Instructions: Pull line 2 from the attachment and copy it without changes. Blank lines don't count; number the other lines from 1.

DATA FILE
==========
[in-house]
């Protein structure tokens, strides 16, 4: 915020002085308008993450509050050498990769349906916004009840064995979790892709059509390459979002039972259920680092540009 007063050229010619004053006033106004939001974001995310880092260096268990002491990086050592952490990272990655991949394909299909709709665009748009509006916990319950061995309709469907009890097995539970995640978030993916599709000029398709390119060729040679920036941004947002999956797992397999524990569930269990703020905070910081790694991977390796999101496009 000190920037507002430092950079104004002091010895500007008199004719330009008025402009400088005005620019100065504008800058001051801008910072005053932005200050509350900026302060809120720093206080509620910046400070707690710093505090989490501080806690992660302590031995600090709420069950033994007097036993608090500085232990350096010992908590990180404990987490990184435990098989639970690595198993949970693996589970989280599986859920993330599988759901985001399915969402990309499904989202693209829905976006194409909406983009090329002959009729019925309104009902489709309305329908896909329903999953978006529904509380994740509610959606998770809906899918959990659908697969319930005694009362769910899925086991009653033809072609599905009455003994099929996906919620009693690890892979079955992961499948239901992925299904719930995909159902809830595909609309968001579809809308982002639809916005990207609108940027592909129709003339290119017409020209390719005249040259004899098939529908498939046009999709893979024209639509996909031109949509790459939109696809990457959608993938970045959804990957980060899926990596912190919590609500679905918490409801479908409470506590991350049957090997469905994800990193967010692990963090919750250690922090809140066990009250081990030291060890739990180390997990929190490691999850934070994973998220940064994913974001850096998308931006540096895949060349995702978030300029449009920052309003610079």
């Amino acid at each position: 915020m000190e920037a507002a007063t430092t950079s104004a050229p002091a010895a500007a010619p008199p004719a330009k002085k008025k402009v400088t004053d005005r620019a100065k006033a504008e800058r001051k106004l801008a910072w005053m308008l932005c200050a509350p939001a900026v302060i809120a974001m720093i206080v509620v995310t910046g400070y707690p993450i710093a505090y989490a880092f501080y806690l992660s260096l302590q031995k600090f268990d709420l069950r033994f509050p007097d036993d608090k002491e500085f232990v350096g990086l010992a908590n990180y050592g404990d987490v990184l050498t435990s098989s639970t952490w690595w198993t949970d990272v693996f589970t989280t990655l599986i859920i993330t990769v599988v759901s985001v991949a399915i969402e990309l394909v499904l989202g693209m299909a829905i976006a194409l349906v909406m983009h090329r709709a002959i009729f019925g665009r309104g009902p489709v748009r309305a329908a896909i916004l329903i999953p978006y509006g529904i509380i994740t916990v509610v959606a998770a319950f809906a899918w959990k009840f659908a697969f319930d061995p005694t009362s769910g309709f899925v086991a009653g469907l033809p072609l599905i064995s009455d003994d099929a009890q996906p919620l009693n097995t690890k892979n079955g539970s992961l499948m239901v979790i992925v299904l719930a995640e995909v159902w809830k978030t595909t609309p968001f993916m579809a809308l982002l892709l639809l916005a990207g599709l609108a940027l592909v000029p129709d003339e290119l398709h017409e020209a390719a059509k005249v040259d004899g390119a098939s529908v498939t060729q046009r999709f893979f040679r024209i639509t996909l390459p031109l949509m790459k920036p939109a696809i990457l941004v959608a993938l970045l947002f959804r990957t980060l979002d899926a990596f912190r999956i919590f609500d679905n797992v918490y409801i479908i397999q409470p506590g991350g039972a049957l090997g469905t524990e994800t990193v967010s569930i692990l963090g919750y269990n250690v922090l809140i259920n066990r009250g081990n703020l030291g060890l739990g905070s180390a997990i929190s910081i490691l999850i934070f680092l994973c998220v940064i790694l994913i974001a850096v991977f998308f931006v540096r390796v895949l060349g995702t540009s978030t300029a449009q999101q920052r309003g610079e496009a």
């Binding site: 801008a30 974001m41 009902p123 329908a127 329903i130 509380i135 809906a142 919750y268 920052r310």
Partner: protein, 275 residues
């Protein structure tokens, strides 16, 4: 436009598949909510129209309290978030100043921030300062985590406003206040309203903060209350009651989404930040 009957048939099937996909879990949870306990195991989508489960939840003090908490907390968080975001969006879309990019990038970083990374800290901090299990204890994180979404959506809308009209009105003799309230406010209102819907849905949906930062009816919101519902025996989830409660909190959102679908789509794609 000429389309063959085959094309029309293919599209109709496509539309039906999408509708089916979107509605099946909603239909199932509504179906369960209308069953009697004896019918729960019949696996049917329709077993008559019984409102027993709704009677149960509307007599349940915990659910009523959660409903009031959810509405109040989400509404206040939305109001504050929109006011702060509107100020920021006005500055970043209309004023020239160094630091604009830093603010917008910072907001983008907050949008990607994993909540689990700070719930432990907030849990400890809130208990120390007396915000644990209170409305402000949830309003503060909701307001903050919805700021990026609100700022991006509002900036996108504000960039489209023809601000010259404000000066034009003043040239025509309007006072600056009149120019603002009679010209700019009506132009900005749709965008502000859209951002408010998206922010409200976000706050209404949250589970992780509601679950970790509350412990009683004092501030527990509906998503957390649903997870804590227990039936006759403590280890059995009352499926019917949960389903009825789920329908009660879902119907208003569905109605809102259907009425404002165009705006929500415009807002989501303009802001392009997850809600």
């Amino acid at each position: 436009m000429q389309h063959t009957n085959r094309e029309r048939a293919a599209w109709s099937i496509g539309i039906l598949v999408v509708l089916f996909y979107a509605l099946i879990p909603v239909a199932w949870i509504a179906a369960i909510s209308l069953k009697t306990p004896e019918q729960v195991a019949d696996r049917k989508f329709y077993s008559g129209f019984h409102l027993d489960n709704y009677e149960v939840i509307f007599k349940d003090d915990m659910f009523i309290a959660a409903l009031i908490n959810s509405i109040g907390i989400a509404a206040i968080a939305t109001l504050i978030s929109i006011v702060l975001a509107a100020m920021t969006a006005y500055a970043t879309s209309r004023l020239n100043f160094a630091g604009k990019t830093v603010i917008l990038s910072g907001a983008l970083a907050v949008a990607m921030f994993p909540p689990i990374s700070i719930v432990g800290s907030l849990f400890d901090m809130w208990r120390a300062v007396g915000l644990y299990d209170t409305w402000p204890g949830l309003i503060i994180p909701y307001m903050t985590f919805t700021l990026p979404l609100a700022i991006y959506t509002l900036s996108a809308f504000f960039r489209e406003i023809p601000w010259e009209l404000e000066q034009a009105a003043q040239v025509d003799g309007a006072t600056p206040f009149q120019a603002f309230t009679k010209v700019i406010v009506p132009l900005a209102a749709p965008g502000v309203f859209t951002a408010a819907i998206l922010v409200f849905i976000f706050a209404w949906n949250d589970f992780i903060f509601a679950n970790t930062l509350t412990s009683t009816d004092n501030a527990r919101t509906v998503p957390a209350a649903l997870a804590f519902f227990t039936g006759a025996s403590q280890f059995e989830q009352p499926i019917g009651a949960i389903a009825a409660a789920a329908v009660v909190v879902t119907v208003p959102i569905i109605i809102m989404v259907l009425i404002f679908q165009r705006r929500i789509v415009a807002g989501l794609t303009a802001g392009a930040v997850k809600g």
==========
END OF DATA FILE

């Protein structure tokens, strides 16, 4: 915020002085308008993450509050050498990769349906916004009840064995979790892709059509390459979002039972259920680092540009 007063050229010619004053006033106004939001974001995310880092260096268990002491990086050592952490990272990655991949394909299909709709665009748009509006916990319950061995309709469907009890097995539970995640978030993916599709000029398709390119060729040679920036941004947002999956797992397999524990569930269990703020905070910081790694991977390796999101496009 000190920037507002430092950079104004002091010895500007008199004719330009008025402009400088005005620019100065504008800058001051801008910072005053932005200050509350900026302060809120720093206080509620910046400070707690710093505090989490501080806690992660302590031995600090709420069950033994007097036993608090500085232990350096010992908590990180404990987490990184435990098989639970690595198993949970693996589970989280599986859920993330599988759901985001399915969402990309499904989202693209829905976006194409909406983009090329002959009729019925309104009902489709309305329908896909329903999953978006529904509380994740509610959606998770809906899918959990659908697969319930005694009362769910899925086991009653033809072609599905009455003994099929996906919620009693690890892979079955992961499948239901992925299904719930995909159902809830595909609309968001579809809308982002639809916005990207609108940027592909129709003339290119017409020209390719005249040259004899098939529908498939046009999709893979024209639509996909031109949509790459939109696809990457959608993938970045959804990957980060899926990596912190919590609500679905918490409801479908409470506590991350049957090997469905994800990193967010692990963090919750250690922090809140066990009250081990030291060890739990180390997990929190490691999850934070994973998220940064994913974001850096998308931006540096895949060349995702978030300029449009920052309003610079």